In this role you will partner to develop programming with the D-Lab and Cal NERDS. This postdoc position will help undergrads to deepen technical skills, explore the social and political implications of algorithmic systems, and provide onramps into the PIT field. Hands-on workshops will surround formal curriculum in information and data science, and extend AFOG’s existing research, workshops, and public speaker series. Public lectures and lunch talks will grow students' understanding and connections to the field. Through AFOG Reflection and Critical Technical Practice Workshops, students will reflect on what it means to practice ethically and in the public interest, exploring issues of power, identity, and expertise, and their role as a professional, an employee, an expert, and a member of the public in relation to the public good, social justice and social change. You will also organize four PIT-UN related workshops and help support Cal NERDS to develop their STEMinist post-bootcamp programming, and support other activities as needed. You will work with the PIs to develop and apply metrics to assess the success of the PITUN grant activities in cultivating an undergraduate PIT cohort. In addition, you will be incorporated into the D-Lab Data Science Fellows community and will be expected to present one time in an information internal talk series.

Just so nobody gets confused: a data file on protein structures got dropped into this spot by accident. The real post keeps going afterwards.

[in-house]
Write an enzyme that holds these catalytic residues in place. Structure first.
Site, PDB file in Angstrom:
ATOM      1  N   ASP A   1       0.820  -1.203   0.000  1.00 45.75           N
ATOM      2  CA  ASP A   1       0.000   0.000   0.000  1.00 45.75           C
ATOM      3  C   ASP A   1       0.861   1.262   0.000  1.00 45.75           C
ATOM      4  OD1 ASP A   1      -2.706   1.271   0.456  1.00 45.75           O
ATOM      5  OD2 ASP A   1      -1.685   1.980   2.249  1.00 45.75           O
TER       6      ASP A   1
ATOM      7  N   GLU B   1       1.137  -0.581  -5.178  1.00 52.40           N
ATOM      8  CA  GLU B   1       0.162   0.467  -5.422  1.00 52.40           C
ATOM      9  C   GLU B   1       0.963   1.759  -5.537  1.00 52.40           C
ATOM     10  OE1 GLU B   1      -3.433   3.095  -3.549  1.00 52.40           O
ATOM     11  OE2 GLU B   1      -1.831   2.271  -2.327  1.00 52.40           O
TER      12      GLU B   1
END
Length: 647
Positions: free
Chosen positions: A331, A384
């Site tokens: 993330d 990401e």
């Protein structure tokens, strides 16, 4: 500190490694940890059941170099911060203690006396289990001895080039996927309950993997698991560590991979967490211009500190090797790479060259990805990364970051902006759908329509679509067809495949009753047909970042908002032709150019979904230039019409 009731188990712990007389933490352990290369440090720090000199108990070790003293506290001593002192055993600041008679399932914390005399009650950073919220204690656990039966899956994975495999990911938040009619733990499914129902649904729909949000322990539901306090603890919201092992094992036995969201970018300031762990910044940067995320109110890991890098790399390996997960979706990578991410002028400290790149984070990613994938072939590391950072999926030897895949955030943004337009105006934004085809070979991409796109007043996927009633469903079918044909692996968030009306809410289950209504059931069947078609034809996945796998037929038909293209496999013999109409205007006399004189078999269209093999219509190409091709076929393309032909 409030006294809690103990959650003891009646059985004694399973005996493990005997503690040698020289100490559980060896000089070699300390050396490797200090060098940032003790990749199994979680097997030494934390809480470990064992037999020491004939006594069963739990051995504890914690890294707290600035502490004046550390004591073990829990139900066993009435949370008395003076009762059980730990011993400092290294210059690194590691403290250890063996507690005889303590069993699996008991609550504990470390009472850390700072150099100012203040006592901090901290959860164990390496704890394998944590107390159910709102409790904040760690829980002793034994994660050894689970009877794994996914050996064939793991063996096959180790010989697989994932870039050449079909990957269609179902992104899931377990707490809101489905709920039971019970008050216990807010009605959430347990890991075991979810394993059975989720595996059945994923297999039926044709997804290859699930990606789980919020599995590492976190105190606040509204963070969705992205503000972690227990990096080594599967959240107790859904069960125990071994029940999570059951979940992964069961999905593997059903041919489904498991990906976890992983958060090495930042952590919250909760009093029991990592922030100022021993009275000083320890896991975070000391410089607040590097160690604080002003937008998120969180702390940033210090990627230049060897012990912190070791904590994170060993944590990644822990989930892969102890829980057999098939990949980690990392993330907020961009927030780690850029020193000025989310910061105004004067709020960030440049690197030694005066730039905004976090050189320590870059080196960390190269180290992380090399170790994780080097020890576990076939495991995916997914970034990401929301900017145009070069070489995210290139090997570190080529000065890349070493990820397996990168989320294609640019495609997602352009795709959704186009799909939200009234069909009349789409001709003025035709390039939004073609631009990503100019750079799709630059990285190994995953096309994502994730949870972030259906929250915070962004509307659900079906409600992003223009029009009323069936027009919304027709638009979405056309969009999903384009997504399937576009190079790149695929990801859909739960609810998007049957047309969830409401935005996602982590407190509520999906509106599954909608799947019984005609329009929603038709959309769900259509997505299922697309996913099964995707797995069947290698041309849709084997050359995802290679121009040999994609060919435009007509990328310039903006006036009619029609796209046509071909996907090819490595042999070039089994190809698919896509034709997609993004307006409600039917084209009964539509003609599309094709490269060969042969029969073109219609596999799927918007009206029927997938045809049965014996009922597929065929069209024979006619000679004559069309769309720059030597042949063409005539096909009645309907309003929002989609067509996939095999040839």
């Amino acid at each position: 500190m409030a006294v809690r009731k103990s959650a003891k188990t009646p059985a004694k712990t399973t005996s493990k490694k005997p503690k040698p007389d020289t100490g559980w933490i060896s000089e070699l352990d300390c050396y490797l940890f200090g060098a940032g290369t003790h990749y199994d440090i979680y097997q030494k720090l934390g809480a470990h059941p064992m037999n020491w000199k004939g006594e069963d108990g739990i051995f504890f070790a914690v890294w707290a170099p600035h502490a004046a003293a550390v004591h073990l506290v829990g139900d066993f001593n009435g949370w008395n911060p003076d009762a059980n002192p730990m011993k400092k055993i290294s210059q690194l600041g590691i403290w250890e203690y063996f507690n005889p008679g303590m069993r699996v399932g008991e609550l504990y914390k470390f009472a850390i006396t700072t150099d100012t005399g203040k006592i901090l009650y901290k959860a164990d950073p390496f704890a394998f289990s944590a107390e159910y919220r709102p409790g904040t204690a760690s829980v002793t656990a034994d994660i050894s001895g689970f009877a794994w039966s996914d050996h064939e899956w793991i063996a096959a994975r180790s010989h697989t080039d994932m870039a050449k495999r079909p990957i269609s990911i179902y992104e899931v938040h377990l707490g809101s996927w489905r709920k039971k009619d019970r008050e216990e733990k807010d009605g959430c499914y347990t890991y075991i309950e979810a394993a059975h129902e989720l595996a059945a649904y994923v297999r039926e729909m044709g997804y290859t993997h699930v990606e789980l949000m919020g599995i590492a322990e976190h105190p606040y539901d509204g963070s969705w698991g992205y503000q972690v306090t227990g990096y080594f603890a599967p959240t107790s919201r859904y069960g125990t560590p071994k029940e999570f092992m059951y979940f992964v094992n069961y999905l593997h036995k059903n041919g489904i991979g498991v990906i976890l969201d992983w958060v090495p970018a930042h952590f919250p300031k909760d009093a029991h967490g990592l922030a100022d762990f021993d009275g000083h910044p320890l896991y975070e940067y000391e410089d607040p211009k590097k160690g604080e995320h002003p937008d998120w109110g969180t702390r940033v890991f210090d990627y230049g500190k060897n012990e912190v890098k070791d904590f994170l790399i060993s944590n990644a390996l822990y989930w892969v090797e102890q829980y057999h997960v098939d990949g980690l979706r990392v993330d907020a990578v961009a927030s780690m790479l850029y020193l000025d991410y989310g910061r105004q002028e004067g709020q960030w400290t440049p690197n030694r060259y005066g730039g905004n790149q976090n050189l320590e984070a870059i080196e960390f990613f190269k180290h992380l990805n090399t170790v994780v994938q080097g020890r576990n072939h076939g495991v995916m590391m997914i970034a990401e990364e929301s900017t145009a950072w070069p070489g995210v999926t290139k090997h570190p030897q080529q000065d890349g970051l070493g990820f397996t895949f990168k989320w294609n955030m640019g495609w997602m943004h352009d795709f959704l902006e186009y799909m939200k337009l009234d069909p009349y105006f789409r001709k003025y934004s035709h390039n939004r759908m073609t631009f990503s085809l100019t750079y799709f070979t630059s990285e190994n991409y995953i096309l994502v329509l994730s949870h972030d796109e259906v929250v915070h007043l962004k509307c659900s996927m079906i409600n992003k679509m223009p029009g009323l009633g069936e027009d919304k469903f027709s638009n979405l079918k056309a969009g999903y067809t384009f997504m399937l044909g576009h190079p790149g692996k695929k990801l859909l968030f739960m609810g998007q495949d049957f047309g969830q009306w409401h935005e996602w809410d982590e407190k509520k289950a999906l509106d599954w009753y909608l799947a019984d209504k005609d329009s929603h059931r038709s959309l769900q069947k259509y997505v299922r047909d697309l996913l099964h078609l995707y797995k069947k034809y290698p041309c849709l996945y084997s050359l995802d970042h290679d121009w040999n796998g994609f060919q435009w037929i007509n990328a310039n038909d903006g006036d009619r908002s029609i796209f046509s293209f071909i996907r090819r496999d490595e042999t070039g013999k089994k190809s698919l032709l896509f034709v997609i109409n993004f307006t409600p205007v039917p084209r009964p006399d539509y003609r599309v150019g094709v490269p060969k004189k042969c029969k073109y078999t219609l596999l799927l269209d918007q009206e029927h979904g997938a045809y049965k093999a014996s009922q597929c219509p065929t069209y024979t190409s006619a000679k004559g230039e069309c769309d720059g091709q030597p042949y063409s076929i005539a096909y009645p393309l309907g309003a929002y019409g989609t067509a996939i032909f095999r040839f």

You will dedicate 50% of your time to this effort and will have the freedom to pursue your own AFOG related research, in collaboration with the PIs or other AFOG members. We are interested in many areas of algorithmic justice, but especially research that explores the effects of AI systems on the ground, expands the ‘Solution Space’ for responsible AI including improved algorithms, interface designs, legal reforms, improved organizational policies and processes, collective action, and social movements, and research on educational approaches that help technical think deeply and critically about technology, human values, and the social and political implications of technical systems.